The debate over Haruhiko Kuroda getting a second term as Bank of Japan governor is close to pointless.
Prime Minister Shinzo Abe will almost certainly reappoint Kuroda when the BOJ head's term ends in April, since Kuroda's epic monetary easing has been the most successful arrow in the quiver of Abenomics. The yen is down 32%, corporate profits are thriving and the Nikkei Stock Average is breaking records again.
Abe's fiscal dart fell way short of its target, thanks to counterproductive increases in Japan's sales tax in 2014 and 2015. The third and most important shaft -- structural reform -- has yet to be convincingly even nocked to the string. That is why the longest economic growth run since 2006 and the tightest labor market in two decades are not boosting wages or getting the BOJ close to its 2% inflation goal.
So, the simplest choice for Abe is to keep shooting his monetary arrow and to keep his chief archer in place. But what if that means that his entire effort is aimed at the wrong target?
Deflation, remember, is a symptom of Japan's multidecade malaise, not the underlying cause. Kuroda's predecessor, Masaaki Shirakawa, warned as much before Abe showed him the door in March 2013. Shirakawa argued, correctly, that weak prices were products of a fast-aging population and a dearth of confidence in the future, not the amount of yen in the financial system.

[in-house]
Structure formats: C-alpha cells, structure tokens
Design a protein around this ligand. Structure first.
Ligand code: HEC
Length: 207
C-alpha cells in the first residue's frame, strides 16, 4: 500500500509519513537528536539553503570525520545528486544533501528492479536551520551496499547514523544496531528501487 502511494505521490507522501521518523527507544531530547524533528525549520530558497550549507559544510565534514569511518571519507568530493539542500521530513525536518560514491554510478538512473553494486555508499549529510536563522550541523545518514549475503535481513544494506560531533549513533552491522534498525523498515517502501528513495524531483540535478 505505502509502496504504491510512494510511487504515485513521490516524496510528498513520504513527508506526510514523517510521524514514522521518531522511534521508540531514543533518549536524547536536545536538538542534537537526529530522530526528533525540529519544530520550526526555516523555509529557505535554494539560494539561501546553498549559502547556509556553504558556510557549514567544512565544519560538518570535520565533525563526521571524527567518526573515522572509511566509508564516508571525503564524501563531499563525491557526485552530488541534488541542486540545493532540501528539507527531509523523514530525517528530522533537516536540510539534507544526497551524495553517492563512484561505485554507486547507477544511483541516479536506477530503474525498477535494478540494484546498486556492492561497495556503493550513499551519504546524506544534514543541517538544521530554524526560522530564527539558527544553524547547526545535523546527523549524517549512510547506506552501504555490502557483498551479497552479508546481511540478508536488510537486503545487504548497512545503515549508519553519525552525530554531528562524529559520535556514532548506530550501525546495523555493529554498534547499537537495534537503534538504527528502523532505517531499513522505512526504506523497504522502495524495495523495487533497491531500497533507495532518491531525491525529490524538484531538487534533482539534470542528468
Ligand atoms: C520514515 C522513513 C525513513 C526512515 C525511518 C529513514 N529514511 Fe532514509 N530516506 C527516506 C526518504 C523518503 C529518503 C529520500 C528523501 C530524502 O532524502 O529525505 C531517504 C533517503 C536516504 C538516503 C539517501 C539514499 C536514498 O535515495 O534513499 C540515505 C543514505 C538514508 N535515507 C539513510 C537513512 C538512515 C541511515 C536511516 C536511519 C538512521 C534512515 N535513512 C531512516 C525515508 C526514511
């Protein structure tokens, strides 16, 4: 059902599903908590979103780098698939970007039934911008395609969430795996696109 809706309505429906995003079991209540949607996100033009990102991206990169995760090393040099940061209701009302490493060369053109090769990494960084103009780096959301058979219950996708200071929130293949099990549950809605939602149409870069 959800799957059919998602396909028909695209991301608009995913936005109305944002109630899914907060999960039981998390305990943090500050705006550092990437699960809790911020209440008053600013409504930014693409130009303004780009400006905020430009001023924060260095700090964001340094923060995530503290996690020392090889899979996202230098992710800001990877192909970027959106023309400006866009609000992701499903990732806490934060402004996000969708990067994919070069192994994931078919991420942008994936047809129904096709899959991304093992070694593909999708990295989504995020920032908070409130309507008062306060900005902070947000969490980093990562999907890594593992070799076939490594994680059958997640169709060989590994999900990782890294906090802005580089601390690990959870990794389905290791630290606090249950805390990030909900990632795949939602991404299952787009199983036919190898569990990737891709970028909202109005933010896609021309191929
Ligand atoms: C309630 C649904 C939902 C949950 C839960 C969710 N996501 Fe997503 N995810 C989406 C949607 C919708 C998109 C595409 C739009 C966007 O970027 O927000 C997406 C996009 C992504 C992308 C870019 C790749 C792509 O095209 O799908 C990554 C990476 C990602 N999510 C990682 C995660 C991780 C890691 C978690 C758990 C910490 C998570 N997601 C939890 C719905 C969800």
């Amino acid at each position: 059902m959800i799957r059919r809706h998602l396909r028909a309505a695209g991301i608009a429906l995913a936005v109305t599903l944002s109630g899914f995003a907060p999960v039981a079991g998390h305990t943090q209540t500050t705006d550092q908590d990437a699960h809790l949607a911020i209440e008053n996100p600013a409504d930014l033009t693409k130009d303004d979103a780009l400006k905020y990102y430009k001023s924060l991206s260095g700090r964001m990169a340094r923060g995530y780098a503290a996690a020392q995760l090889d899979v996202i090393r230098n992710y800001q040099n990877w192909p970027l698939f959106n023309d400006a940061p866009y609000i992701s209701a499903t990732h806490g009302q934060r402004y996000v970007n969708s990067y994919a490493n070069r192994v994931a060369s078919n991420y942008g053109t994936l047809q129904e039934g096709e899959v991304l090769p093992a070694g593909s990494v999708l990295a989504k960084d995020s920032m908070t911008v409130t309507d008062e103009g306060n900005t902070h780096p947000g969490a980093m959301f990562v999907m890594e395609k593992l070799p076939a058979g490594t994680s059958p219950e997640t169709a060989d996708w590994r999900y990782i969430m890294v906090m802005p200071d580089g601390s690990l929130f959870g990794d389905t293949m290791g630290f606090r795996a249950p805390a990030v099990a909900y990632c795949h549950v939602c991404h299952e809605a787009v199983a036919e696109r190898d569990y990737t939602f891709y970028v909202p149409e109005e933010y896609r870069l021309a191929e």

Enter Kuroda, promising to reverse the "deflationary mindset" impeding pricing power. Fifty-five months on, the 2% mantra may be backfiring and entrenching the very mindset Kuroda sought to change. Fears of imminent inflation, in other words, are adding to anxieties of a 127 million-person nation that has not seen a hefty raise in decades. Perhaps it is time Abenomics aimed at 2% wage gains instead.
Real wages did in fact rise in August, but that negligible 0.1% gain was the first in eight months. It is a reflection of Tokyo's failure to modernize labor markets, tweak taxes and encourage greater innovation and productivity to give companies greater confidence to fatten paychecks. But it is also a product of treating the symptoms of deflation rather than the causes and a lack of policy audacity.
Tokyo could start with a concerted jawboning effort. One of a central banker's most important tools is "open mouth operations," whereby officials influence the collective psychology of traders and investors. Kuroda tried this approach in trying to persuade Japanese households to spend, and failed. He and Abe should go the other way: a tag team proclaiming 2018 the year when employers make Japanese incomes great again.
Abe could jump-start things by raising the pitifully low minimum wage. Making 822 yen ($7.21) per hour does not leave much disposable income to buy Nintendo's latest gaming console, Sony's newest smartphone, Issey Miyake's fall clothing line or Toyota's next-generation mini car. Japan Inc. would rebel, but the end justifies the means if households sensed higher wages were coming.